Ryanair Profits Warning Sends Shares Plummeting Again
Investors would probably do well to avoid the airline sector for the time being, as the past few months have been quite rocky. The Irish budget airline Ryanair is no exception and in mid-January the company issued a profits warning which caused a further reduction in its share price.
Ryanair Profits Warning
Ryanair shares peaked at a price of more than 18.50 EUR in summer 2017, but the airline’s shares have been on a downward slide ever since. In January 2018 the shares were priced at over 16 EUR, but dropped considerably throughout the year to hover around the 11 EUR mark.
The January 2019 profits warning initiated a further steep drop in share price. Ryanair has warned that lower air fares through the winter months and into spring will impact on profits and also that there is over capacity on short haul routes. Both these factors seem to indicate their air fares will not be likely to rise in the near future, which is great news for frequent travellers.
Michael O’Leary, Ryanair’s Chief Executive, stated the company will not rule out further cuts to air fares, which are already anticipated to drop by around 7% for 2018/19 winter months. These low fares have already impacted rival Flybe, which had to be rescued via a cash injection from a consortium led by Virgin Atlantic earlier in January (insert link: ).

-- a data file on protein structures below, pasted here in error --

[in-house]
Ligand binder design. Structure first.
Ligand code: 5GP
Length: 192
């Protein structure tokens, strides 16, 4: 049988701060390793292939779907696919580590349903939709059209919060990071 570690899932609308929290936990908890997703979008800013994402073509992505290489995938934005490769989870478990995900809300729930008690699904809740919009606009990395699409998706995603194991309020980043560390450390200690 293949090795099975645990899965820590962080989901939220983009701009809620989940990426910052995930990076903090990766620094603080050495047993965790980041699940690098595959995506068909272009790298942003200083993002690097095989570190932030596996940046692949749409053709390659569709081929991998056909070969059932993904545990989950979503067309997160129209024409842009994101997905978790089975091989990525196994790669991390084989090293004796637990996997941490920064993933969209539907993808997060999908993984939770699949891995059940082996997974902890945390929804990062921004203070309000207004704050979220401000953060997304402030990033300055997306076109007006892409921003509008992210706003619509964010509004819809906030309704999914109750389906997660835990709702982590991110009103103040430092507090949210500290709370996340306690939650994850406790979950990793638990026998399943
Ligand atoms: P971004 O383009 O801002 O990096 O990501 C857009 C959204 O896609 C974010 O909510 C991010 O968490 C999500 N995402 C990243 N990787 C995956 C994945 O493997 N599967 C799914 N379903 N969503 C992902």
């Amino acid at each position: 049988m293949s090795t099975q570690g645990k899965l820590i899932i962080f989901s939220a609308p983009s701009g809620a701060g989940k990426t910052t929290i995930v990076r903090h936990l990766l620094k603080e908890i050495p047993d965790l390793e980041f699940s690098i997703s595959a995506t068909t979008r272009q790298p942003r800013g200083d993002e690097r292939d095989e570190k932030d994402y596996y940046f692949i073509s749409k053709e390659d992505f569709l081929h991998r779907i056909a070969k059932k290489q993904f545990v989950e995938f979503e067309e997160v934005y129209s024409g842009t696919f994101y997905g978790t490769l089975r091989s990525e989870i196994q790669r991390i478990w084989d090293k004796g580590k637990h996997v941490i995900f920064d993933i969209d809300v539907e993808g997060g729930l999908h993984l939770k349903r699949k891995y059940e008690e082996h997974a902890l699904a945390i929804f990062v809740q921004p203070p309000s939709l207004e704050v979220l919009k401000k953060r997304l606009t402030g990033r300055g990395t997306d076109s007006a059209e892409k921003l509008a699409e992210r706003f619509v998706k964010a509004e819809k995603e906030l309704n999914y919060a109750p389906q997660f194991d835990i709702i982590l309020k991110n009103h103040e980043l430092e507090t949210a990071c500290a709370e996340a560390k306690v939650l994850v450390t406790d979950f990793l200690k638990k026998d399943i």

Ryanair have suggested their full-year profits will be in the region of €1.0bn, rather than the original forecast of between €1.1bn and €1.2bn.
Oil Prices Provide Hope
There is a slight glimmer of hope for greater profits for the airline due to drops in oil prices and potential for an improved economic situation throughout Europe, following Brexit. Cuts to oil prices will offer the airline some short-term cash flow boosts and the situation in Europe may answer some of the problems associated with over capacity.
Ryanair shares stand at their cheapest rate in around three years at present, and investors will be eyeing the company’s projections of around 11-times forward earnings. However, these shares are unlikely to prove a good buy for anyone looking for quick profits as the overall picture for airlines is fairly discouraging at present.